Five other conditions are “driven by the government,” Moskowitz said, including assigning traffic agents to Roosevelt Avenue and College Point Boulevard permanently, rehabilitating the Main Street station entrance on Prince Street, and designing a new school for the area.
The last five conditions, which include providing community space for seniors and youths, using solar energy for outdoor infrastructure and installing public restrooms along the promenade, are all still under consideration.
Addressing concerns about the lack of union jobs, Moskowitz, who said the project will be “open shop,” said the team has reached out to meet with 32BJ and the Hotel Trades Council.
“We’re not ignoring anyone,” he said. “We’re willing to talk to anyone rationally.”
Lee questioned Moskowitz and the development team on various aspects of the project, including the cost of the privately funded road network, impact on adjacent streets, and how much open space would be delivered.
She asked what would happen to the benefits of the site should the City Council not approve the waterfront district.
Moskowitz responded that one of the sites already had a building permit and was ready to begin construction, but paused to get approval for the waterfront district. Another site already spent money preparing for an environmental cleanup.
He said the cleanup and stormwater treatment would still happen as of right, “but not to the same degree.”
“This is a legacy project for the owners,” Moskowitz said. “They want to deliver benefits to the community.”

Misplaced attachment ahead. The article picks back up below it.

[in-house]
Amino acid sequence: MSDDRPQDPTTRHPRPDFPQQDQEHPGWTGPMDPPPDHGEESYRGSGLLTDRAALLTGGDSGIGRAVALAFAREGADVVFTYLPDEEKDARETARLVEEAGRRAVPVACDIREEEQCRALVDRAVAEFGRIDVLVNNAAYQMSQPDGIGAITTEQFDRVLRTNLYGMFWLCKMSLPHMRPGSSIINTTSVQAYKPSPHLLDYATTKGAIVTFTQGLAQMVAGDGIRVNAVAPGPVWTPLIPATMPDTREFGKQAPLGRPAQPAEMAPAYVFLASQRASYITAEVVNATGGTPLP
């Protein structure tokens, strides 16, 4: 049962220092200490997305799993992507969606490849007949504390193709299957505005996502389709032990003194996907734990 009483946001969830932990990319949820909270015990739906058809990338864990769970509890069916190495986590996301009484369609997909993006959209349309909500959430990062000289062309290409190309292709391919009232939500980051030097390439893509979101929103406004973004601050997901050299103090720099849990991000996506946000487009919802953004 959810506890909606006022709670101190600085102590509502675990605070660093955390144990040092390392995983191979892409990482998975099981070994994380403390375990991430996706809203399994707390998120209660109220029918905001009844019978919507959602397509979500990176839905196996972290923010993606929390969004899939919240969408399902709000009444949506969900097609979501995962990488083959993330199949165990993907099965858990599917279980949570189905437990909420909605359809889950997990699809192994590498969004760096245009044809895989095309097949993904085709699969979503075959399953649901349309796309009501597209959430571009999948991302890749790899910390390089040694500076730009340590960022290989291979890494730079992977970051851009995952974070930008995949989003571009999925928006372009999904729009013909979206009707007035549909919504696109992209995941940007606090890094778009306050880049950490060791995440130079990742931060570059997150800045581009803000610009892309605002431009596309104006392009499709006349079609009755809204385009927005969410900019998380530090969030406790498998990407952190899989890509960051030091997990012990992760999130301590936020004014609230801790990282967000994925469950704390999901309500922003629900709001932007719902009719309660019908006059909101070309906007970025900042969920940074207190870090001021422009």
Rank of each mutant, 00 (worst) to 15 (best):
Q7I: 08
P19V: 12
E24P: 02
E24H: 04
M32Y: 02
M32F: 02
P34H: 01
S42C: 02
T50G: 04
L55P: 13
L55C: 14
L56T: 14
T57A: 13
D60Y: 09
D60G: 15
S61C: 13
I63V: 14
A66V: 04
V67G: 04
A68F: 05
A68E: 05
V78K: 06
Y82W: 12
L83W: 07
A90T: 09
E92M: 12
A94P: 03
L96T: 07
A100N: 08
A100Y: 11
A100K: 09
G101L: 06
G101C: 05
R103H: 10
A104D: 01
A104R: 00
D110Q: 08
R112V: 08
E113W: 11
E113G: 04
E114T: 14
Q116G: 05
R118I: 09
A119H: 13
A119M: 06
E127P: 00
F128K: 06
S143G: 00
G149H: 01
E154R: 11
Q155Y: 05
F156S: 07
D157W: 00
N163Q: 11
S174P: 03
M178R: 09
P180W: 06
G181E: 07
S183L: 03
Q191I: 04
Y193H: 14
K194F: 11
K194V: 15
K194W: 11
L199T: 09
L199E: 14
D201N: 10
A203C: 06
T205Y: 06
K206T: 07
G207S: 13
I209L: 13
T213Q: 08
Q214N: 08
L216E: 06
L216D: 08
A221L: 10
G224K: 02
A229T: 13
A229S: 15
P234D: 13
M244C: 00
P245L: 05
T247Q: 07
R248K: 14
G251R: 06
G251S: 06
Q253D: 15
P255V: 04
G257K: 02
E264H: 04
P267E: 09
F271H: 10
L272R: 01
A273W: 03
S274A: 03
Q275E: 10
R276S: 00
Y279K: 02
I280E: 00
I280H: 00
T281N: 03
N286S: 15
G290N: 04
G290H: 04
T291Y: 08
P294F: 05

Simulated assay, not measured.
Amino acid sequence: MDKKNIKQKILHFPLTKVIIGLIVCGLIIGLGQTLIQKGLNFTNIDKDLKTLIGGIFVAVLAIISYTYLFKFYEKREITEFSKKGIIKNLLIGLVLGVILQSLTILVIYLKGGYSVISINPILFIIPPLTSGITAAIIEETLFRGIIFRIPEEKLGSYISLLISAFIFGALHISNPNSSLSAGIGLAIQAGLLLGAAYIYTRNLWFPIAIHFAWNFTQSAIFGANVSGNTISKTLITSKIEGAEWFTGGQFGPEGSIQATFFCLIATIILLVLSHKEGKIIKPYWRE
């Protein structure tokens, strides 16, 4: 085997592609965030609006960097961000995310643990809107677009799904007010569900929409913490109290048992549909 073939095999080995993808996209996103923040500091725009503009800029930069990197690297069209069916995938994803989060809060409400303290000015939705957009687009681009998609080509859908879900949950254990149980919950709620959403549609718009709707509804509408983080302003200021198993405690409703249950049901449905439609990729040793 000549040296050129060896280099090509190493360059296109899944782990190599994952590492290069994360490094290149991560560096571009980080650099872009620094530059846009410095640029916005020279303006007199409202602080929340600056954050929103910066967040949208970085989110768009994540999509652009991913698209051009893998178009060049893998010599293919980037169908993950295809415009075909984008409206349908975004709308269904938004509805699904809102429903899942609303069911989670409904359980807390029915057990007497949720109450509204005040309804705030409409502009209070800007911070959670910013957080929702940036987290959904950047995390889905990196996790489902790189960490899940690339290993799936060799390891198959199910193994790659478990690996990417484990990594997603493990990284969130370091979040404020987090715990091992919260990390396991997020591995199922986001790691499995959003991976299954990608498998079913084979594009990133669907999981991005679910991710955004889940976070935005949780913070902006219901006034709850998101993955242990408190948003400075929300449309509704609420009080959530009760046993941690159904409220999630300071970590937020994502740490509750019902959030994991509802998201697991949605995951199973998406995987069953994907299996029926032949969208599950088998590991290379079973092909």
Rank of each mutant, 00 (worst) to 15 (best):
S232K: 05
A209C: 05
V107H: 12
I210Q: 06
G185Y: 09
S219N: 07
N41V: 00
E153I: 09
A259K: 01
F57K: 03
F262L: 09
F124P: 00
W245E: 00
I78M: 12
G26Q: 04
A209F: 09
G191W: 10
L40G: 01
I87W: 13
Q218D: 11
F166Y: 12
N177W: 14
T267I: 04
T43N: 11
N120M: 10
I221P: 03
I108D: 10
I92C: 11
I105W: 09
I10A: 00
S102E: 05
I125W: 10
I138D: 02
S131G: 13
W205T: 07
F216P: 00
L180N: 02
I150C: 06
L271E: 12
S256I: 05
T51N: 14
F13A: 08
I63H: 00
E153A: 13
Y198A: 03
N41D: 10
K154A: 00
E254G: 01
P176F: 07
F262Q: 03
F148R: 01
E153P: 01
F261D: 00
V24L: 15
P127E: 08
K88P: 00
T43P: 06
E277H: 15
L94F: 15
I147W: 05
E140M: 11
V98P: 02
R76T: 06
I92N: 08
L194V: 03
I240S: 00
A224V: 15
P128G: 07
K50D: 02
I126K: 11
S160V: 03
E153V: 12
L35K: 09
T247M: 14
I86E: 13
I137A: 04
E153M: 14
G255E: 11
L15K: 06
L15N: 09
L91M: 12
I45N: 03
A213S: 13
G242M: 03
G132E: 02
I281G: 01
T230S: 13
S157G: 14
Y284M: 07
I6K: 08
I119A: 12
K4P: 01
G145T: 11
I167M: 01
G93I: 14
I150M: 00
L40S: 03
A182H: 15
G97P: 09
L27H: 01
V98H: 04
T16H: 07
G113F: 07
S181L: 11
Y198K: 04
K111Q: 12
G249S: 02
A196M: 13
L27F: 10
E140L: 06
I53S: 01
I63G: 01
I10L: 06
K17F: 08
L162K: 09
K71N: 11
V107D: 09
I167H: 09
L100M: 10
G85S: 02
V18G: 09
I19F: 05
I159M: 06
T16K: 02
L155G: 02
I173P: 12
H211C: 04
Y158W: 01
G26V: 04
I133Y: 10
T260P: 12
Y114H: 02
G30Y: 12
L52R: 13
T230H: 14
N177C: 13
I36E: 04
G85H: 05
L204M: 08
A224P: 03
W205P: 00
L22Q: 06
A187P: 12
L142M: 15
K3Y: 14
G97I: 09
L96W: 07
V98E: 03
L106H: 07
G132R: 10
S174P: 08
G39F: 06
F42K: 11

Dozens of community members testified at the public hearing, both for and against the project. John Choe, executive director of the Greater Flushing Chamber of Commerce and a CB7 member, called for an “immediate halt” to the land use review process until a proper EIS is conducted.
He also criticized the “conflicts of interest” associated with having a community board member paid by the developers and “lobbying on their behalf.”
“That’s besmirching the integrity of the community board and our process reviewing land use decisions,” Choe said.
The chamber leader noted that three years ago, CB7 voted against the Flushing West rezoning, which would have provided more than 500 affordable housing units, billions of dollars in infrastructure improvements, public access to the waterfront, schools, youth centers and commercial space for small businesses.
Many of those benefits are not included in this waterfront district proposal, he said.
“Sometimes you have to take what a developer says with a grain of salt,” Choe said. “There’s a lot of smoke and mirrors here where things are being promised.”
In a statement, FWRA LLC, a consortium of the three developers that own the 29-acre site, said it is committed to the public benefits attached to the waterfront plan.
“Our thoughtful master plan, achieved with minimal increase in bulk, creates an integrated development strategy that knits together Downtown Flushing and the Flushing Creek waterfront,” the developers said. “We’re grateful for the support thus far and look forward to continuing to share the benefits of developing this integral, underutilized piece of land.”